Sumerian law gave women important rights, for example divorce arrangements provided for women as well as men to seek separation, though a wife’s adultery was punishable by stoning while a husband’s was not. This can be explained with the concern over inheritance. Mesopotamian law later began to emphasize the importance of virginity and to impose the veil on women from the high class. It seems that the society was very conscious of the dangerous and even awe-inspiring power of female sexuality and actually they are the fist who wrote about passion! So I agree with that lady that veil has a deep root in the Near-East dating back to centuries before the coming of Christianity and Islam! for example “an eye for an eye” principle goes back to Hammurabi’s time and it's not an invention by Jesus or Moses!
What I don’t understand from your article is what she wanted to conclude from this!
Also,I don’t know whether other societies such as Chinese had the same view about women and the veil! Could it be related to the fact that Near-eastern women were/ are more feminine and seductive!? ;)

hazhir at November 24, 2003 08:05 PM [permalink]:

Yaser, you said "I do belive that there are certain rights that even majority of the people can not take away from the minority but Hijab does not fall into this category", My question is: "Who should decide what issues fall into the former vs. the latter category?"
For example, what if I believe not wearing Hejab does fall under the natural right category? Or 51% of population think "Freedom of thought" is NOT in such category (I guess you would put it in a natural right category)?
I think invoking public vs. private in answering this question is not enough, as for one thing, if sth is really private, then no rule can trace it so the rule becomes almost meaningless.
I don't have any clear answer, just wanted to ask the questions and see how other think... I might have missed Senior Grads answers to these questions, as he writes faster than I can read!

Sara at November 24, 2003 11:40 PM [permalink]:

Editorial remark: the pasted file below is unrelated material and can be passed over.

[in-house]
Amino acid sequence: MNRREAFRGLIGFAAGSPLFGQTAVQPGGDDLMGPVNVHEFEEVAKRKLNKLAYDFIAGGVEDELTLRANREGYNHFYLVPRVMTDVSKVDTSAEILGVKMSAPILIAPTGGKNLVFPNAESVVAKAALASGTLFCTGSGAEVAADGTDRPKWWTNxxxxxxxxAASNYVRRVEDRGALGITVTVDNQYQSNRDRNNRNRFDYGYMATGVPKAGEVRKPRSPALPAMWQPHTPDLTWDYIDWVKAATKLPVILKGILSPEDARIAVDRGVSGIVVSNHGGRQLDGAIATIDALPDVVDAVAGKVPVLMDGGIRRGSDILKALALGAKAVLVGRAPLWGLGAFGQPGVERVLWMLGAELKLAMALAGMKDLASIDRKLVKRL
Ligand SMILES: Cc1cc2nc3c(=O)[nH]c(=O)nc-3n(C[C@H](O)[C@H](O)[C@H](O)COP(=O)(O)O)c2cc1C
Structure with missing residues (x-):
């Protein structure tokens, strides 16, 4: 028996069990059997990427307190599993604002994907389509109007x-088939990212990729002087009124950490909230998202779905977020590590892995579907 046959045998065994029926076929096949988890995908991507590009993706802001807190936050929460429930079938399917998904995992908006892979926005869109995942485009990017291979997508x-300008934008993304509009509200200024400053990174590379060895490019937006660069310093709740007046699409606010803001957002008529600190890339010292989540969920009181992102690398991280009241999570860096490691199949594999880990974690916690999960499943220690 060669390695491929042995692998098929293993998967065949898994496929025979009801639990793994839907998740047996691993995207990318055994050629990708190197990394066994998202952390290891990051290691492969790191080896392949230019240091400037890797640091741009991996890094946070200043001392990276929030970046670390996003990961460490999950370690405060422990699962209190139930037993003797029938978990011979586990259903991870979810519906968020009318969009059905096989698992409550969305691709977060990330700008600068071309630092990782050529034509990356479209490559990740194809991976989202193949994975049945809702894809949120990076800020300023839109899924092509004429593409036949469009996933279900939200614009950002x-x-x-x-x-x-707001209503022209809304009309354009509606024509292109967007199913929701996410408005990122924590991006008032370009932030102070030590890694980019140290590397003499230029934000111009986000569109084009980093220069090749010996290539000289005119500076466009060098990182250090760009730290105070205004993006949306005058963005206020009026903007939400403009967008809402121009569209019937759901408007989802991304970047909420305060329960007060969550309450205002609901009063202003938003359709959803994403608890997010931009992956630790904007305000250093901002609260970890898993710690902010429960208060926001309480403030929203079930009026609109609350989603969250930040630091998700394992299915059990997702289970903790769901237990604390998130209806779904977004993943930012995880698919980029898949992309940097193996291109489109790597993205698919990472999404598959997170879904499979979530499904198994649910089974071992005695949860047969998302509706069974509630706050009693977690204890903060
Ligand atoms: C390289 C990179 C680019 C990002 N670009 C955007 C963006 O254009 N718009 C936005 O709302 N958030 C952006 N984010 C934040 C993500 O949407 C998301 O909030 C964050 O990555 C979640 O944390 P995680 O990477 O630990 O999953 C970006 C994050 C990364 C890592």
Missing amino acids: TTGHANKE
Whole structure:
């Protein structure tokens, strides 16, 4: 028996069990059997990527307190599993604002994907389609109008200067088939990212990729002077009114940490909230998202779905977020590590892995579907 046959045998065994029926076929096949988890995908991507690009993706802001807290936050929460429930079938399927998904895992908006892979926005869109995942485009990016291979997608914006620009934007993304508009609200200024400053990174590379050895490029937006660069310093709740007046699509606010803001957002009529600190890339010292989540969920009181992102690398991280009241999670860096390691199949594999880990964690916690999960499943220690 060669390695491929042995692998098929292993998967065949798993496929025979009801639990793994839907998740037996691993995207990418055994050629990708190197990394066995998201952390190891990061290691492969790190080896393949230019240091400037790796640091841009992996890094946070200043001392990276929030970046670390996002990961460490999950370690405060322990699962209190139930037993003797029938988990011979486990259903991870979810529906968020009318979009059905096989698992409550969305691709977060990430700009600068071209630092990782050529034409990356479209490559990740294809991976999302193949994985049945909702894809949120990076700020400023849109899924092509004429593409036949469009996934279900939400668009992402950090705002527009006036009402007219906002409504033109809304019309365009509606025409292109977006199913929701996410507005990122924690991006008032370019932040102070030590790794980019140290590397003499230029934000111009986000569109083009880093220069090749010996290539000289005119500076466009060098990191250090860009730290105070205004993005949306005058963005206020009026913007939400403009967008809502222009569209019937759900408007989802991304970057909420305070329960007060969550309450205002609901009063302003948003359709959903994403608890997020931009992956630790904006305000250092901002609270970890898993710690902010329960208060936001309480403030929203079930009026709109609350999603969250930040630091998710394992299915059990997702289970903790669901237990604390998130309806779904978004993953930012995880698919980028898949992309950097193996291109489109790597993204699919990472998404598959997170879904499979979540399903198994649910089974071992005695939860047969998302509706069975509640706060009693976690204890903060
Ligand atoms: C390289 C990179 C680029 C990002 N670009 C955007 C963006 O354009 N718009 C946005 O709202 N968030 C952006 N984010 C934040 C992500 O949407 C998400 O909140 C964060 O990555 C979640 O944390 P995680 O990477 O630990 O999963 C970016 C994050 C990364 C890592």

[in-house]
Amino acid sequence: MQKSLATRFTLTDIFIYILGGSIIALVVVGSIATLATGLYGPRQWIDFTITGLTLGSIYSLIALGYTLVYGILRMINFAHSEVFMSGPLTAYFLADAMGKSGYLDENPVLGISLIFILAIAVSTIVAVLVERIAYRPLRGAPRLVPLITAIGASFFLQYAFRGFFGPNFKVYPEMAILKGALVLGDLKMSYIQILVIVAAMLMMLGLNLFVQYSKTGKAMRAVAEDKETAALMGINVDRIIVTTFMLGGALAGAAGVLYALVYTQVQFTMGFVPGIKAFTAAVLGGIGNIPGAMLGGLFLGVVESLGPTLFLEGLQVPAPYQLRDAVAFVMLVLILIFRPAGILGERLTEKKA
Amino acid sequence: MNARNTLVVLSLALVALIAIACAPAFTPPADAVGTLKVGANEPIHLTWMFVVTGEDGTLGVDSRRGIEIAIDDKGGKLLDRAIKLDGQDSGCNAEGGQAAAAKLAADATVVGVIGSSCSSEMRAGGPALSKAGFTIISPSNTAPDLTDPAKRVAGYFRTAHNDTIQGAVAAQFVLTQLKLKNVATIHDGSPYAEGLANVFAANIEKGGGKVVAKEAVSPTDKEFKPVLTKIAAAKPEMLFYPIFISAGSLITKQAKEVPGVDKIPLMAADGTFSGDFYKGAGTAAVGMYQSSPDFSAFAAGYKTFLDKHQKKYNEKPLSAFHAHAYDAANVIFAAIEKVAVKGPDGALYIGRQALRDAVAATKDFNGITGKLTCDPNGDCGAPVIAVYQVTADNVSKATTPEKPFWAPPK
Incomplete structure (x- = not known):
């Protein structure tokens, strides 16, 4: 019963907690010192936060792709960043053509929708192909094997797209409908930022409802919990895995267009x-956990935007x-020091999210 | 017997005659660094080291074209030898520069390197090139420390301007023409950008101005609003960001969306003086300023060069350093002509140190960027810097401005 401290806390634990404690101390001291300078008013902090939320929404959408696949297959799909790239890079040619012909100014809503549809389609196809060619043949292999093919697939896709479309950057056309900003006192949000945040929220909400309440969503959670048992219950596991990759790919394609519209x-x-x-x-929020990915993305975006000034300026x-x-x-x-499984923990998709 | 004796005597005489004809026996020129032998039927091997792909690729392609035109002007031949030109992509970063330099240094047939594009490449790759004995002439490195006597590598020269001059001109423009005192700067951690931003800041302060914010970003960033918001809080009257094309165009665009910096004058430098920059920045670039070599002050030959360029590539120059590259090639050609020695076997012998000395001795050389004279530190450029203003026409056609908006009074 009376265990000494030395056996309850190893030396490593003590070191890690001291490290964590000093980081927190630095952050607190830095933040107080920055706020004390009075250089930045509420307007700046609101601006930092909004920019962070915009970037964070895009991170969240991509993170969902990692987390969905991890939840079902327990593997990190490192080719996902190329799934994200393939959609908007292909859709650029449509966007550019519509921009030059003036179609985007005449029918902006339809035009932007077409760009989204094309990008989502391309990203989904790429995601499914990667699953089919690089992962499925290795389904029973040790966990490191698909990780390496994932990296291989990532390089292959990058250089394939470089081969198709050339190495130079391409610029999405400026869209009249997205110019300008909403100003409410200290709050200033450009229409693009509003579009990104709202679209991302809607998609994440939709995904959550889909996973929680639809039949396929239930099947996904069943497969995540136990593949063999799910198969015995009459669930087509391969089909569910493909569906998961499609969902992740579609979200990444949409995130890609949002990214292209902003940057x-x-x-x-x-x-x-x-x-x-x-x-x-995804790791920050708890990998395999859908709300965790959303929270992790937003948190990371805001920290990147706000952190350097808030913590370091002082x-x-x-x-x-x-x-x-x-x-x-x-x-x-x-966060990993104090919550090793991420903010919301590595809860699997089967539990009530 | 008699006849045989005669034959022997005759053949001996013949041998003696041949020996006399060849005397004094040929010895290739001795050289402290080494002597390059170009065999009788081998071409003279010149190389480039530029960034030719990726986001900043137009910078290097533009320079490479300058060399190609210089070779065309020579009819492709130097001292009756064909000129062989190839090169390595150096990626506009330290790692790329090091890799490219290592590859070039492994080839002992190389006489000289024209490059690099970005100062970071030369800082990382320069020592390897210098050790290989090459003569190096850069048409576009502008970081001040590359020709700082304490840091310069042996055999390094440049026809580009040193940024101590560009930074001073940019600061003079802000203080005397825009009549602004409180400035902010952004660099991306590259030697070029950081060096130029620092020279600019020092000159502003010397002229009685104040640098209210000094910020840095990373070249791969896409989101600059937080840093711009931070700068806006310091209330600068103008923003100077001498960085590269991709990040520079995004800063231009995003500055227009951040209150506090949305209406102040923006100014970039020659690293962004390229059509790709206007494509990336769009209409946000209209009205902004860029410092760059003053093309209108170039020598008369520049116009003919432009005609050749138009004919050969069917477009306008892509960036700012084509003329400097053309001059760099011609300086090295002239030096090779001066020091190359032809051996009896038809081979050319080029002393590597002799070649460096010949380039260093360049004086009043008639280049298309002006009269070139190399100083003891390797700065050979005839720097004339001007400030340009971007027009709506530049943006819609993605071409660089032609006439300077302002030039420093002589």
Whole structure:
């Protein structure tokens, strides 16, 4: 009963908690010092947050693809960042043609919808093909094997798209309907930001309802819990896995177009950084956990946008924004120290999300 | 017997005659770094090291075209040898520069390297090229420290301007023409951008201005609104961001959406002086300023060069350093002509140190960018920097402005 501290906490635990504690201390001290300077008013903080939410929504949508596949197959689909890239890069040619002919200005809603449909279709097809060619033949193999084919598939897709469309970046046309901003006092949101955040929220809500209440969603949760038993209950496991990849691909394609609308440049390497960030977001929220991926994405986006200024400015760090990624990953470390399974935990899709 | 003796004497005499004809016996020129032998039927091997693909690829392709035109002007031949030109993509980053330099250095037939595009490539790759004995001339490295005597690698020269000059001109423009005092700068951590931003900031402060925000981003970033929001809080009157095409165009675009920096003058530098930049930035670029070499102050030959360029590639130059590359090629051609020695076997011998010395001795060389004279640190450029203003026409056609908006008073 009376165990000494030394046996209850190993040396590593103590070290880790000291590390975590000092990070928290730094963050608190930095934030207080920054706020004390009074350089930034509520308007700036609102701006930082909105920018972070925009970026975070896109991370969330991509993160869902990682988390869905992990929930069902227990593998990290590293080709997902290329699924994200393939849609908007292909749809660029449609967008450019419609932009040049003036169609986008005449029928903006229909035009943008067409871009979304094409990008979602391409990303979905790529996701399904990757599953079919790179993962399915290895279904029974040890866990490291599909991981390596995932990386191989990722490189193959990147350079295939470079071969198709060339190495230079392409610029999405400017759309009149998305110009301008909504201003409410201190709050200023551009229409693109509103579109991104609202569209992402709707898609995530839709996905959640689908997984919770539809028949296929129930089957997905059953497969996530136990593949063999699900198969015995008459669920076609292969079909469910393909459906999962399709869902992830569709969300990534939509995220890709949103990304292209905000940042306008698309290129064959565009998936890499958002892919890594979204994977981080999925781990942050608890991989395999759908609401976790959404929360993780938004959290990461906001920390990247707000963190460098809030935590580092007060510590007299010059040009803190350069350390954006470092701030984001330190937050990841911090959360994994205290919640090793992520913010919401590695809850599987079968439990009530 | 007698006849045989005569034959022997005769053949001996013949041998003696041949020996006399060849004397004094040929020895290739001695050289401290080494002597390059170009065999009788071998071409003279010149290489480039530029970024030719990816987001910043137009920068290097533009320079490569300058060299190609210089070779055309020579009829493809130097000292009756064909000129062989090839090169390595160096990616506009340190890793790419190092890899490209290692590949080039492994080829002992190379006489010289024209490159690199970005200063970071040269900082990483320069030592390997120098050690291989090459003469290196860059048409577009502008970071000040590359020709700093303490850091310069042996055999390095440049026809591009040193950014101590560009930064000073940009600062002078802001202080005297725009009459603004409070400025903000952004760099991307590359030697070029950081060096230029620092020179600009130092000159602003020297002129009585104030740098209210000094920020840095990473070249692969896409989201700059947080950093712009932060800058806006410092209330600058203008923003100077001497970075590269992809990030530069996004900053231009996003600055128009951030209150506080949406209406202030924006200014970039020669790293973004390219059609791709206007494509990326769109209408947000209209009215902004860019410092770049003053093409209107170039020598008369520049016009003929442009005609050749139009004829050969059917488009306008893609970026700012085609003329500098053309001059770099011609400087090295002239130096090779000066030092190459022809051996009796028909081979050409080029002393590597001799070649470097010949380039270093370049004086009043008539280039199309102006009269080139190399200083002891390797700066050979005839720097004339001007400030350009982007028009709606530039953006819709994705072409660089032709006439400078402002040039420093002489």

I'm not sure when we can say a society has really reached a point at which its women can be treated justly courteous and therefore hijab would no longer be an issue -if it does in fact reach such a point at all!? One thing I know, is our society has not.

Dear Senior Grad, you have mentioned that "we have been sticking to some "laws" that have made us the object of ridicule throughout the world." I would argue that a nation's rules are path-dependant. As many might agree these rules are absolute and natural repercussions of Reza Khan's unprecedented unjust and voilent civil actions in regard to hijab, at the pre-revolutionary times in Iran. If a society would naturally reach the point I mentioned, why should it be Forced in such a barbaric way.

yaser at November 25, 2003 12:37 AM [permalink]:

Hazhir, Your question is: "Who should decide what issues fall into the former vs. the latter category?" My answer is "the majority". Because this is the only way to decide on that. Obviously everyone has his own judgement of what is private and public. For instance my judgement says that Hijab is publich issue and not private. But in order to implement it in the society, we have no way other than to see what majority thinks. When you say "If something is really private", this is simply your idea. What if someone says "No, this is not." An example, if majority thinks that women have to wear Hijab even in their homes, you and I would think that this is meaningless. However we have to let the majority to do what they think is right.

Senoir Grad, Just want to thanks for your comments. I agree with many part of it and nothing too much important to contribute at this point.